By: Jared Silberglied, ACLU-DE Summer Law Clerk
Our First Amendment right, including the right to speech and assembly, is a fundamental aspect of a functioning democracy and an inseparable part of our history. As we witness issues like a rising tide of censorship, attacks on bodily autonomy, and continued police violence across the country, joining together in protest to make our voices heard is more critical than ever. Unfortunately, challenges to our right to protest like mass arrests or the illegal use of force continue to intimidate people into silence.
However, not all barriers to exercising our right to protest are as conspicuous or newsworthy as handcuffed demonstrators or police using military equipment. Often, the most significant barrier to exercising any right is simply a lack of accessible information.
Recently, Jeremy McDole Police Reform Now, a community organization committed to advocating for meaningful police accountability and transparency measures led by ACLU-DE Smart Justice Ambassadors, planned a gathering at the Tubman-Garrett Park at the Wilmington Riverfront. The gathering was to be no more than 15 minutes, and then participants would move on to march through Wilmington. Despite bearing the name of two great champions of civil rights and bearing all of the hallmarks of a City of Wilmington public park, organizers quickly learned that the park is privately owned by the Riverfront Development Corporation (RDC). As such, the RDC enforces a permitting and fee requirement on all events hosted in the park — including demonstrations and protests.
While the First Amendment prohibits restrictions on speech and assembly, if you are organizing a protest, be aware that this right does not mean that the Constitution completely protects all types of speech in every circumstance. "Time, place and manner" restrictions on the exercise of First Amendment rights can grant law enforcement and government officials the power to limit public expression.
Just three days before the Jeremy McDole gathering was to take place, RDC contacted organizers to inform them that they did not have the proper permits to carry out the event regardless of the intended duration being no more than 15 minutes. Acquiring the necessary permission would have required submitting an application at least 90 days in advance and paying fees of up to $2000 — information and financial resources that many grassroots community organizers don’t have access to.
While there has typically been a clear delineation between public and private spaces, those lines have become murkier in recent years as the government has entered into more public-private partnerships. This is when the government allows a private corporation or individual to provide a service that the government normally does. In this instance, Tubman-Garrett Park was created through a resolution by the Council of the City of Wilmington, but was sold to RDC to maintain for residents and tourists in Wilmington. However, most Wilmingtonians would likely consider it to be a public space and would not know that it was sold to a private corporation. Tubman-Garrett Park is still listed as a city park on official government websites, and generally functions as a public space for residents to enjoy. In these instances of public-private partnerships, it is often a very gray area of the law where the actions of the private corporations acting in lieu of the government is dependent on the specific facts of the situation. ACLU-DE is continuing to monitor the situation for potential legal violations and is willing to act if any are committed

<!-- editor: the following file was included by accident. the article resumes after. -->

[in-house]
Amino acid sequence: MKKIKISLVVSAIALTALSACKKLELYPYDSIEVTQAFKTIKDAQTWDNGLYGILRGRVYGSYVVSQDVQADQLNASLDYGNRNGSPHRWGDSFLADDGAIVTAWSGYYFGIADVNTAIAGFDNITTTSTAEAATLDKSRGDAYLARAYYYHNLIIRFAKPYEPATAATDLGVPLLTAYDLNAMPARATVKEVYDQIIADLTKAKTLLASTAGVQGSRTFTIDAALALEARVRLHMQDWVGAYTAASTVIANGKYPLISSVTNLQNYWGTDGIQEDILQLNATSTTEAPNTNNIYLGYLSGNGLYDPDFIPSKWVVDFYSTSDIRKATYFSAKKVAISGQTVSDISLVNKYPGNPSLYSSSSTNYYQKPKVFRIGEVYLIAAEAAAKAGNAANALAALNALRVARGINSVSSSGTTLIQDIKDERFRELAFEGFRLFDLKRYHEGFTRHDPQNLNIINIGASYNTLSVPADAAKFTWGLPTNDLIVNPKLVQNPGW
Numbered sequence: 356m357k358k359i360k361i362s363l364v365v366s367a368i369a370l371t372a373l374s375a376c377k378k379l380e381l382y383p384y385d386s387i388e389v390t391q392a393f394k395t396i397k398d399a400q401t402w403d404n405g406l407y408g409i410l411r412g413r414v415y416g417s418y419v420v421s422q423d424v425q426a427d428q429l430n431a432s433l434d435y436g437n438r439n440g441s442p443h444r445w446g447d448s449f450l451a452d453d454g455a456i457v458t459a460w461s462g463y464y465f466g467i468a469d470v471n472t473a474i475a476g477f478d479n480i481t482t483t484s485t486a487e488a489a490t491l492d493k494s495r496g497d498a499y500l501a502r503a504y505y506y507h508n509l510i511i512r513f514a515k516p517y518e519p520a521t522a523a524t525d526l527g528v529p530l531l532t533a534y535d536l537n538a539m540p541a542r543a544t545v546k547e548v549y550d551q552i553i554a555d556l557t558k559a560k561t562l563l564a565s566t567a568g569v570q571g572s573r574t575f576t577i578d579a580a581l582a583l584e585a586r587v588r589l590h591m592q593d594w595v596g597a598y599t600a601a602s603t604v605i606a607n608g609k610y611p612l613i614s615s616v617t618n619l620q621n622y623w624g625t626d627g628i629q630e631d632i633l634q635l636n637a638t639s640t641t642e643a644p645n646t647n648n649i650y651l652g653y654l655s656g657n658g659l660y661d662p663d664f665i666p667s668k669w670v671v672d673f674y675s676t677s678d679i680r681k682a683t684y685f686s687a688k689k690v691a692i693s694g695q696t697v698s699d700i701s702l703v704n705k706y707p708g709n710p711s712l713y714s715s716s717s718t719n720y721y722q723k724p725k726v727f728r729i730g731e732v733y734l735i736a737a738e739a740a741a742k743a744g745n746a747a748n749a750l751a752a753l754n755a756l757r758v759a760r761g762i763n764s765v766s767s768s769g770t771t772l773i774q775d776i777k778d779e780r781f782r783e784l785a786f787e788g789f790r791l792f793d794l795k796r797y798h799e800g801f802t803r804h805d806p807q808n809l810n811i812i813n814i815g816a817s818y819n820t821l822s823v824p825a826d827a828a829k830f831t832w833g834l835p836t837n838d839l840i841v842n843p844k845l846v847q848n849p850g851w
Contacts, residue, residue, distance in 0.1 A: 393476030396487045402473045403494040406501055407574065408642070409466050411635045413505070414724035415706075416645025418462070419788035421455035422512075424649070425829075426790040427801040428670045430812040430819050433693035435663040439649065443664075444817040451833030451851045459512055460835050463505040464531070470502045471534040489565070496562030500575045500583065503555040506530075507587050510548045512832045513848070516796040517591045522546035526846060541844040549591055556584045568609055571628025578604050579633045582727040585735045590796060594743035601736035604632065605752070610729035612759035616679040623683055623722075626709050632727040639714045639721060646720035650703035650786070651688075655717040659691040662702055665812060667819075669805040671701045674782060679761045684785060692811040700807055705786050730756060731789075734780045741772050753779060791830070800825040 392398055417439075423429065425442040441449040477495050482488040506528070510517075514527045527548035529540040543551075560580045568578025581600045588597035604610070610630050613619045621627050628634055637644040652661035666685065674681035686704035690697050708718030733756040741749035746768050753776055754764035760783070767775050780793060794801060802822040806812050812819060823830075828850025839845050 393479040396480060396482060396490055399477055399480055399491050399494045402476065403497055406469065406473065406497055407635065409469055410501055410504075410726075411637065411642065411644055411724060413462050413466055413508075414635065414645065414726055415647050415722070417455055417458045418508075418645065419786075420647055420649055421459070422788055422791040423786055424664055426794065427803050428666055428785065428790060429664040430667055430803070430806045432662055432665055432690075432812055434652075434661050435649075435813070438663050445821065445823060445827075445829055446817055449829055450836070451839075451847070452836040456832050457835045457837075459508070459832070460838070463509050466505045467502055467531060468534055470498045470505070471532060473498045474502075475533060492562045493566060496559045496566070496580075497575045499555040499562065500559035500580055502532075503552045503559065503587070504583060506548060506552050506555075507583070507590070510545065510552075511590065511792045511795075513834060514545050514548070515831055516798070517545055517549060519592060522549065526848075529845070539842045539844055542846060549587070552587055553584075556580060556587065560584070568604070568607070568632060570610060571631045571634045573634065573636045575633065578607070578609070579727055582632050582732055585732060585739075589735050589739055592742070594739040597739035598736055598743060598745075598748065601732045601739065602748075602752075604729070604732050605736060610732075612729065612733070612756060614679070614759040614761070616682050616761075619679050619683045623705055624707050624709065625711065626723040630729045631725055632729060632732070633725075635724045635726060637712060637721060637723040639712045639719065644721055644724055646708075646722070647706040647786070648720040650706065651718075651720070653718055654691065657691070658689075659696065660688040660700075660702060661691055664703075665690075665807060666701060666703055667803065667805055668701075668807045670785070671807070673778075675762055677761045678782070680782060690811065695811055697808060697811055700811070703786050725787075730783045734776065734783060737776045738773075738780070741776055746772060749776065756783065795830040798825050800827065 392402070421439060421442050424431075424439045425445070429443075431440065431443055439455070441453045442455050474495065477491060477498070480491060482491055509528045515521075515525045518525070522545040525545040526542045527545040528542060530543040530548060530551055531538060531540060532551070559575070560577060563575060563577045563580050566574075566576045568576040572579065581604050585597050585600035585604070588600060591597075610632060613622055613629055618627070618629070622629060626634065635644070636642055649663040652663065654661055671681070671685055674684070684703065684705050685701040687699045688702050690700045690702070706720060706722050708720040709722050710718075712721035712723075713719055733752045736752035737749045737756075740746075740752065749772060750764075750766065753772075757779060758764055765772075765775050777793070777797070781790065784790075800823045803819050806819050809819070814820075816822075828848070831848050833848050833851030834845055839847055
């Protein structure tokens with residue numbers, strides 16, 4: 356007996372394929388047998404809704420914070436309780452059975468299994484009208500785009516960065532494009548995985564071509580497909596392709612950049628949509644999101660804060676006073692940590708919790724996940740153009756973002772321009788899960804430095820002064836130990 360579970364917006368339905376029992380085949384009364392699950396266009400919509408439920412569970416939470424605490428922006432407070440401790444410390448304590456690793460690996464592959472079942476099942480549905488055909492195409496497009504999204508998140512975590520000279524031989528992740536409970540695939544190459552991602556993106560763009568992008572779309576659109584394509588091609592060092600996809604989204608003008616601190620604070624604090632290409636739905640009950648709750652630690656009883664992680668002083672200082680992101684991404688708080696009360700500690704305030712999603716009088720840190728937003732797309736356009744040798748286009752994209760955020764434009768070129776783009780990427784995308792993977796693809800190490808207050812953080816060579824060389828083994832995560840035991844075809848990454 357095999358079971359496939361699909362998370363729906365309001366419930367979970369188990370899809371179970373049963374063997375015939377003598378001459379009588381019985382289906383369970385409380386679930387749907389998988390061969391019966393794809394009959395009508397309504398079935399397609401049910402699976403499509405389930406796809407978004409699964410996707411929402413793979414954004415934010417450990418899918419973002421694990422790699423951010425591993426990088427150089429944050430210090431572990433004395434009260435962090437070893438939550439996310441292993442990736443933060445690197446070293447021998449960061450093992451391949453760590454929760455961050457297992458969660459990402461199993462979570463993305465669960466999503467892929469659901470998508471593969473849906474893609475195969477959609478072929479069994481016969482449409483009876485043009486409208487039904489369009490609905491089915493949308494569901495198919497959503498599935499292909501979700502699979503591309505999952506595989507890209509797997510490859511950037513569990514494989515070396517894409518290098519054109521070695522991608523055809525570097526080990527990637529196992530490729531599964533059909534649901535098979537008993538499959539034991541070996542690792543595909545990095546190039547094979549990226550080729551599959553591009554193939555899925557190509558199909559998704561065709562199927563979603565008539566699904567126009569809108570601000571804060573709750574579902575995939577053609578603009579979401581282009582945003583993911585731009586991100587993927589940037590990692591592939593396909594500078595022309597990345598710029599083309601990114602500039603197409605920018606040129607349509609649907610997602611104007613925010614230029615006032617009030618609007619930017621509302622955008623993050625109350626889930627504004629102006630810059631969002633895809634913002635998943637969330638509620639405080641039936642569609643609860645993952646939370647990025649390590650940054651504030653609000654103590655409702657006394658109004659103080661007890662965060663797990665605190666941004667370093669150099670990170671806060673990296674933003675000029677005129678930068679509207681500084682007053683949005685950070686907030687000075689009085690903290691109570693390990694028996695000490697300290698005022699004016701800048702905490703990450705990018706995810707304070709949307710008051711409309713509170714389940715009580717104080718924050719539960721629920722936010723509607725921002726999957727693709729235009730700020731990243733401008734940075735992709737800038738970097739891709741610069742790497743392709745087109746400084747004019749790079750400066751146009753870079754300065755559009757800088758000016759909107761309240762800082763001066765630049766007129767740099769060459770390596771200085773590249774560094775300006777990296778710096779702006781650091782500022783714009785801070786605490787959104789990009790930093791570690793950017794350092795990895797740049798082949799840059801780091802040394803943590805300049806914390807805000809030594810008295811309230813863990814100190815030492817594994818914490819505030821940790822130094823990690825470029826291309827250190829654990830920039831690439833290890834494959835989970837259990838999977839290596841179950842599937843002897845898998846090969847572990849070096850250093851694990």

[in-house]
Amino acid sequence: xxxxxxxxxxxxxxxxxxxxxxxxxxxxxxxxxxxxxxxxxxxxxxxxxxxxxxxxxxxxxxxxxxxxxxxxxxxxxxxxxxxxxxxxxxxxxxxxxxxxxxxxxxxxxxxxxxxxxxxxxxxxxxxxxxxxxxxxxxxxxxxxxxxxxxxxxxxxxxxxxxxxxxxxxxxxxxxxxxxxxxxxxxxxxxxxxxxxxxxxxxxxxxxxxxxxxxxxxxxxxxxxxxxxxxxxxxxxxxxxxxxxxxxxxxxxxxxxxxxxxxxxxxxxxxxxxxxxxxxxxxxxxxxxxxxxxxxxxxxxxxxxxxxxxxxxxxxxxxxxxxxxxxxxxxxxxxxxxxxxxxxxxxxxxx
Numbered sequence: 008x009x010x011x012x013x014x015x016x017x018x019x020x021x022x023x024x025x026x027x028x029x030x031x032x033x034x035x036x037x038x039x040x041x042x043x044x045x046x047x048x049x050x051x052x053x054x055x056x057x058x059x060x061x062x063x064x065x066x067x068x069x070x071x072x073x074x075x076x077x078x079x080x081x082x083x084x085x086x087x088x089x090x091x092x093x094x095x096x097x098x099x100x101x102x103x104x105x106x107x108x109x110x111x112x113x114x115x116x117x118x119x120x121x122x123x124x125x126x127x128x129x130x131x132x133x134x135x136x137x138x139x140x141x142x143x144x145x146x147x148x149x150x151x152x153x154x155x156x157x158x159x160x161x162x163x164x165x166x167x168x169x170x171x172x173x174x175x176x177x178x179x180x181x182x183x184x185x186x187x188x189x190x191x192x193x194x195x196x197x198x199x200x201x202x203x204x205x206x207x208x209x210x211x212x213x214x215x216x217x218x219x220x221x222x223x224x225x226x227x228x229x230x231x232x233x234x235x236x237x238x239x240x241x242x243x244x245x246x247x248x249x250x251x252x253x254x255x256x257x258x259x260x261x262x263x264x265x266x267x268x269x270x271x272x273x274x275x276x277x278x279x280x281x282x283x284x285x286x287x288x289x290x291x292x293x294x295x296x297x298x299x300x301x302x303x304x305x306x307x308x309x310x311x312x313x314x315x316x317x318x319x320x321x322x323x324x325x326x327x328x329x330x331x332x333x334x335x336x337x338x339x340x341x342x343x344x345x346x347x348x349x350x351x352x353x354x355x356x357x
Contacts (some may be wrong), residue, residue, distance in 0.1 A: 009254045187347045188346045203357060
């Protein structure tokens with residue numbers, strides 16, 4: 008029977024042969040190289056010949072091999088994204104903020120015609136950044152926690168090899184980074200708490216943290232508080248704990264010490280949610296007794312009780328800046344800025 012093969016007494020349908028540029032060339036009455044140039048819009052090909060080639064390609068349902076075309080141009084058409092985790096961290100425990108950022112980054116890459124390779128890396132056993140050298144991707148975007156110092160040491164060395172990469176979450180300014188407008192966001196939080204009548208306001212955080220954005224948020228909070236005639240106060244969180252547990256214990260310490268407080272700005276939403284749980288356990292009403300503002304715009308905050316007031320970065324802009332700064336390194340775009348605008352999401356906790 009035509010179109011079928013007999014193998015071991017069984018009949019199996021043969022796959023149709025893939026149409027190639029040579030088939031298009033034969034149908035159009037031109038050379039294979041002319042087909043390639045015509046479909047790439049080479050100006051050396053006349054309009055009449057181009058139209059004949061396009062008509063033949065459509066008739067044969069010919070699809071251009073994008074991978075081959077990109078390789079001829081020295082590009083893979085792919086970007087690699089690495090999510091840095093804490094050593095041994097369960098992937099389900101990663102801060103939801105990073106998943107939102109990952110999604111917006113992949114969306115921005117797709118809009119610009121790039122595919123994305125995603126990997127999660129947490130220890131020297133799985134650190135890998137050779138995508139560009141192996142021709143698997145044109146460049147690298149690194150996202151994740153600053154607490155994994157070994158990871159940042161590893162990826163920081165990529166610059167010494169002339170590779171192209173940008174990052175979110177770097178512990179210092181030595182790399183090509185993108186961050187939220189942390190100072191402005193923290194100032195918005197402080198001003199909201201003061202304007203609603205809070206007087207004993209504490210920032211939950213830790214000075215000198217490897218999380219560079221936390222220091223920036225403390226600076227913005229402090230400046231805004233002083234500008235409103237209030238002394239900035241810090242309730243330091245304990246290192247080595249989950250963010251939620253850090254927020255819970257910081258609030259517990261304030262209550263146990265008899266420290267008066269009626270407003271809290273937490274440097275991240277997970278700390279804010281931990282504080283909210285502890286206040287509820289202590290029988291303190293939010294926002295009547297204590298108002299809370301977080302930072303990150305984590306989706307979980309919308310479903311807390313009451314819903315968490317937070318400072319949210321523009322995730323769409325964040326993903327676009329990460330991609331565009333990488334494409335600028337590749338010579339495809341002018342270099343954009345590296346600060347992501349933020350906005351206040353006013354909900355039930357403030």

A lack of information or awareness about bureaucratic requirements like permits should never prevent anyone from exercising their right to protest. If you’re taking to the streets to stand up for an issue that’s important to you and your community, we’re with you. We are committed to ensuring that you know your rights and are properly equipped with the tools and knowledge you need to host a safe and successful demonstration or protest.
Here are a few helpful tips about when and where an event may require a permit:
- Generally, all types of expression are constitutionally protected in traditional "public forums" such as streets, sidewalks, and parks. Be sure to confirm your intended location is a public space before beginning to organize an event.
- Certain types of events, even those held in public spaces, may still require permits. Examples include (1) a march or parade that does not stay on the sidewalk, and other events that require blocking traffic or street closure; (2) a large rally requiring the use of sound amplifying devices; or (3) a rally at certain designated parks or plazas.
- If marchers stay on the sidewalks and obey traffic and pedestrian signals, their activity is constitutionally protected even without a permit.
- Although many permit procedures require an application be filed several weeks in advance of the event, the First Amendment prohibits such an advance notice requirement from being used to prevent protests in response to recent news events.
- You may approach pedestrians on public sidewalks with leaflets, newspapers, petitions, and solicitations for donations without a permit. A permit may be required to set up tables or other physical structures.
- The right to picket on public sidewalks in an orderly and non-disruptive fashion is protected and does not require a permit.
For more information and other important tips, we’ve created this easy Know Your Rights guide with everything you need to know you need to know before heading out to exercise your constitutionally protected right to protest.
If you have any experience planning an event in Tubman-Garrett Park with or without the involvement of the RDC, we would love to hear about your experience. Contact us at email@example.com to share your story.
If you have further questions about your right to protest, please contact us at firstname.lastname@example.org.